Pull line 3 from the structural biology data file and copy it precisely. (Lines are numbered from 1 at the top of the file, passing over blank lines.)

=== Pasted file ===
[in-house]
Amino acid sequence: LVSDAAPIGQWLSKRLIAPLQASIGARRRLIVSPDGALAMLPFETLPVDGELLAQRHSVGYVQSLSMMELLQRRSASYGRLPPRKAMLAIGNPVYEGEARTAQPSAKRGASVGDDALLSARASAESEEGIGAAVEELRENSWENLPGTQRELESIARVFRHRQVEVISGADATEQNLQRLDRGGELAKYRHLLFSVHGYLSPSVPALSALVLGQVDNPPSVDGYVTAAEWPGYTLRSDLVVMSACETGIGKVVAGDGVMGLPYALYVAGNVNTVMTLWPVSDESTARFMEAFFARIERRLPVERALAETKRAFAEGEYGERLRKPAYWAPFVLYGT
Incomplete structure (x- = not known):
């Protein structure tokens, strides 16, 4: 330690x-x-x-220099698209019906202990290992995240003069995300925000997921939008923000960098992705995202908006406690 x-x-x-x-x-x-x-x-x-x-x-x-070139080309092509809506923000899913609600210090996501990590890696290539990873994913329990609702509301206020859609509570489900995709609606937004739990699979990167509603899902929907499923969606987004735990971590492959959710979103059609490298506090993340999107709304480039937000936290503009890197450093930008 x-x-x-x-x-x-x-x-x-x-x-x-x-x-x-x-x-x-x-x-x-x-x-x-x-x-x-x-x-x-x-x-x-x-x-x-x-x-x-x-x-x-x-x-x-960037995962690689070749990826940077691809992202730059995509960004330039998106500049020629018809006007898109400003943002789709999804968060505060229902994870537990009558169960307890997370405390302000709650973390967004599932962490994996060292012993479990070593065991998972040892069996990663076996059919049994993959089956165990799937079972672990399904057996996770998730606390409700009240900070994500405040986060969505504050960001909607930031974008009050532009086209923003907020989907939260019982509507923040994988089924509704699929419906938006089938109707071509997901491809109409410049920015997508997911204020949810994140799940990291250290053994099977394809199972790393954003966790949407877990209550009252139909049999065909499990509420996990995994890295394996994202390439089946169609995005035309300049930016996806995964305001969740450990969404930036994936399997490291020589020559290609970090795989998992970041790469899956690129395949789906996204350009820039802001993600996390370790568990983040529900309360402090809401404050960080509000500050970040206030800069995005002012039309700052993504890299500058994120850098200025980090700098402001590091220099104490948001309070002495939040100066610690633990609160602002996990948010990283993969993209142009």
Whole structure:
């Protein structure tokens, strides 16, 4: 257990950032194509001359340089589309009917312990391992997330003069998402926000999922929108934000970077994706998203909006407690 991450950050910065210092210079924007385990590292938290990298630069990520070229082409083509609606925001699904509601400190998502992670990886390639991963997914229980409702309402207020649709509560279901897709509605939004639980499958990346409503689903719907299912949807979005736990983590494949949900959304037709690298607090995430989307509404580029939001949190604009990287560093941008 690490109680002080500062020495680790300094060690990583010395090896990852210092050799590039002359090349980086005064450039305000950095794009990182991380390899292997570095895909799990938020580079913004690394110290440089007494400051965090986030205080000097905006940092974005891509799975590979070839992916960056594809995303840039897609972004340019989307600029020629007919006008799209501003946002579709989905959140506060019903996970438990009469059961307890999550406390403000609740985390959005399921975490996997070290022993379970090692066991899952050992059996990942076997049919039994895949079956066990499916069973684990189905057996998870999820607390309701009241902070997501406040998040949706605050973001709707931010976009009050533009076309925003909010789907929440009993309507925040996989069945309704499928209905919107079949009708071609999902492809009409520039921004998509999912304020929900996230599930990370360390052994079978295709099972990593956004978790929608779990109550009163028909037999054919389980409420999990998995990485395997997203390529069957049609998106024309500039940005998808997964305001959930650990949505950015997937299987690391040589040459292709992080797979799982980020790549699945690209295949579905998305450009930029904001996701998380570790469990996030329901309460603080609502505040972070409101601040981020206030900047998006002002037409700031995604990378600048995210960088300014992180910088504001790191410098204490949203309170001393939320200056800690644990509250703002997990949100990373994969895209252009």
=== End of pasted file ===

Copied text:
Incomplete structure (x- = not known):